104. 1959 amnesty, The first, partial amnesty after the 1956 Revolution was declared in the spring of 1959, thanks to 'the swift political and economic consolidation', according to Legal Decree No. 12/1959. It freed those who had received relatively short terms, as well as juveniles and some cases justified on humanitarian grounds (elderly prisoners, pregnant women, mothers of small children, etc.), irrespective of the length of their sentences. Also released were prisoners sentenced after 1956 by special courts (see accelerated criminal proceedings, summary justice, people's courts), who had subsequently shown 'serious signs of reform' while serving their sentences. Quite a large group of prisoners convicted by summary courts for concealing weapons were released at this time.
105. 1960 amnesty, A second partial amnesty was ordered on April 1, 1960, to mark the '15th anniversary of the country's liberation' (i.e. the expulsion of the German forces by the Red Army at the end of the Second World War; this was marked on 4 April as a national holiday.) Like the other post-1956 amnesties, it was not confined to those condemned in connection with the uprising. For instance, Paragraph 2 of the order released prisoners convicted after the Second World War of war crimes or crimes against the people, if they had served at least ten years of their sentence.
106. 1963 amnesty, Foreign and domestic political developments in 1963 led to a 'grand' amnesty of those imprisoned for acts committed in 1956. The superpowers had recovered from the Cuban missile crisis of October 1962, while the ruling HSWP had pronounced that the foundations of socialism had been laid. So both sides were inclined towards a settlement that would end Hungary's diplomatic isolation. Secret negotiations between Hungary and the United States had begun in 1960. Then in the autumn of 1962, the United States persuaded the UN General Assembly not to place the Hungarian question on its agenda. The new UN Secretary-General, U Thant, received an invitation to visit Budapest. However, even at this stage the Kádár government was not prepared to forgive and pardon everyone who had taken part in the 1956 revolution. There were exceptions to the amnesty that left several hundred '56-ers still captive. On the other hand, those released included Second World War criminals who had served two-thirds of their sentences. Unrestricted freedom was restored to those 'who in abusing their power had violated socialist legality'. The amnesty excluded '56-ers classed as recidivists' anyone who had already received an enforceable prison sentence since 1951, whatever the charge. Also excluded were any of those convicted of involvement in the revolution who had also been charged with a serious crime (murder, robbery, etc.) That meant most of the armed revolutionaries remained in prison, including the conscript soldiers who had obeyed their officers' orders on 4 November to engage Soviet troops. Finally, the amnesty did not apply to treasonable acts after May 1, 1957, for instance an appeal to an international organization on behalf of convicted revolutionaries or those undergoing prosecution. At this stage, historians are still unable to say precisely when the final '56-er was released from prison. One prisoner, known to have been released on May 14, 1974, was probably not the last.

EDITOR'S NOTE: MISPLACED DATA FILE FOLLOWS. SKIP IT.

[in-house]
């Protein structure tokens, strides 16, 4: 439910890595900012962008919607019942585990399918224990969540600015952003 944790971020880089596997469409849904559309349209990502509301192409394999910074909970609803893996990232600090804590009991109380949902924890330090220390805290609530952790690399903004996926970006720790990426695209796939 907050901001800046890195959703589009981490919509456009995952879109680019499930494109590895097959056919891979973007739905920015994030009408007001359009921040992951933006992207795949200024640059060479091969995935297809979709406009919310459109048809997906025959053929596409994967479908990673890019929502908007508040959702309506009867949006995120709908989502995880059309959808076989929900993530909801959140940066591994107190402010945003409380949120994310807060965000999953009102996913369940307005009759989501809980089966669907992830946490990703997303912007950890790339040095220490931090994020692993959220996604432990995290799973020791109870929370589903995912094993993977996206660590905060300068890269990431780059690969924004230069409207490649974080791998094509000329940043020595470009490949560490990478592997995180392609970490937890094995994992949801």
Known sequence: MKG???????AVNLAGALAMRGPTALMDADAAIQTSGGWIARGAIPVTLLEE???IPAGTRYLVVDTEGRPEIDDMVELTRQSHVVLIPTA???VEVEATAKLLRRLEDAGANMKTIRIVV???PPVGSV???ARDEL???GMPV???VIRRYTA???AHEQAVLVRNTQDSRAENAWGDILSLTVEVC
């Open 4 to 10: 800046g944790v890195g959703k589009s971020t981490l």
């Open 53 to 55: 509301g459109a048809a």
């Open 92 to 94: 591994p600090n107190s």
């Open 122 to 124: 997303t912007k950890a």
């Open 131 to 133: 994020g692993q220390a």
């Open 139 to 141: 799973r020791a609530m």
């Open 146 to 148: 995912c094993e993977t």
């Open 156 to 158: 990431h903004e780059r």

prev 1 2 3 4 5 6
Copyright © 2004 Public Foundation of the Documentary and Research Institute of the 1956 Hungarian Revolutioncredits